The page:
Marketing budgets are always on the squeeze. Or may be less that money is tight and more that the expectations on Return on Marketing Investment (ROMI) are raised. “I don’t mind spend £50k on this campaign, but I want to know what return I got, or you won’t have £50k to splurge next year”.
The point is – how do we get more return for less investment? Well there is a way, and it’s free – and it’s where the company I work for get around half of our traffic. And they’re good leads, probably the best we get.
What’s the magic formula? What’s the source of these Glengarry leads? It is, of course, being recommended by a friend. We regularly ask our customers “Where did you hear about this product you just bought?” And the two biggest answers are “Recommended by a colleague” and the related answer “Used it in my previous job”. The latter I think of as “Recommended to myself” – if you move job it’s a great opportunity to dump old products you didn’t like using, so to take on the same products again in a new role is a real testament to your product offering.
These two answers add up to more than 50% of responses, with things like “Google”, “Events” and “Ads” (the things we have to pay for) a long way behind.
Now obviously there are significant subtleties here – getting to a point where people recommend your products to colleagues takes years of significant investment in R&D, support, innovation, community work and so on. Also of course, paid-for marketing is generally targeted at getting new people in from new organisations. But once you get this fly-wheel of traffic spinning, you can take your ROMI as high as you like – I suspect we could completely cut our marketing spend for certain products and not see a downward trend in leads for a year or two – some products have effectively reached escape velocity. One of the reasons this source is so effective is that not only do you get a great lead when Frank recommends your product to Joey, but then Joey recommends you to Dave and Kim and the effect, if not viral, is at least self-perpetuating.
But enough of this self-congratulation – what has this got to do with Net Promoter scores? Wikipedia describes Net Promoter scores (NPS) as a measure of customer satisfaction. In essence you ask your customers “How likely are you to recommend our company/product/service to your friends and colleagues? ” on a scale of 0 to 10 (0 is bad, 10 is good). Then add up the number of 9s and 10s (“promoters”) and subtract the number of 0-6s (“detractors”). This expressed as a percentage gives you your net promoter score. Anything above zero is good, anything over 50 is excellent.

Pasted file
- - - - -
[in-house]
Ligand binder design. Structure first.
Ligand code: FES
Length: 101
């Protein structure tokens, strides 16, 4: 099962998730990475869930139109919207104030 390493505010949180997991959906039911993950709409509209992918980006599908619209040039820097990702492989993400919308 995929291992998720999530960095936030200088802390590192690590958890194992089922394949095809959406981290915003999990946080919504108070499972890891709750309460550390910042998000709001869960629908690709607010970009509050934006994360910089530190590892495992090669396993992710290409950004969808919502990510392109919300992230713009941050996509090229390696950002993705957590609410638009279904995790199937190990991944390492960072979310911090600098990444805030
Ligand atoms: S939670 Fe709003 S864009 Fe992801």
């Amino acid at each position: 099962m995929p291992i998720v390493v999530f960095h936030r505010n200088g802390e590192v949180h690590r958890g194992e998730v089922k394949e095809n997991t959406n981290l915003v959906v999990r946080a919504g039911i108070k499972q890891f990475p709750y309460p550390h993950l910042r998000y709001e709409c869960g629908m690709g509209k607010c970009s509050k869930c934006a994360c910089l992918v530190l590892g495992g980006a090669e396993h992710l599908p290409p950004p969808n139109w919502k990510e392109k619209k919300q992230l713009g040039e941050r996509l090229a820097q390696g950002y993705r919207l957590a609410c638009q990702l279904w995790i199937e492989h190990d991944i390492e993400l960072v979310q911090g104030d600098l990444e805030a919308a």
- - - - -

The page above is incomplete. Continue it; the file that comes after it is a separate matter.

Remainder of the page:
So it could be argued – increases in NPS should indicate an increase in customers’ willingness to recommend you to colleagues and friends (assuming they have the channels to do so – a separate question) leading to lower marketing spend required. But how do you impact NPS?
I think this is actually an easy, obvious, yet hard-to-implement question. A dollar invested in marketing a poor product with poor support from a badly run company is a dollar thrown away – because you’ll never fulfill the promise made by your advertising. But a dollar invested in making your product, support, sales support, community groups etc great is a dollar invested in future free marketing and revenue.
But it’s hard to implement this because budgets for marketing and R&D are often quite separate. How do you divert the former to the latter? Not easily. Also note of course you still need to be spending on marketing – as I’ve said before you can have the finest product in the world, but if no-one knows about it you’re wasting your time. But invest that dollar in marketing your world-class product after you’ve made it world-class.
I haven’t said anything about how to increase your NPS but that’s because it will be different for every organisation. In most NPS surveys the recommendation is to follow up the initial rating question with “What didn’t you like about company X?”. Do the things people ask for! If they all love your product but hate your support, then that’s where to invest and so on.
The investment in quality you’re making here is an investment in reduced marketing spend in the future.
As a footnote, we run a big NPS survey once every 6 months with lots of “What do you like about us?”, “What don’t you like?” questions. It’s running as I write this and it’s all I can do not to peek at the answers that are in so far!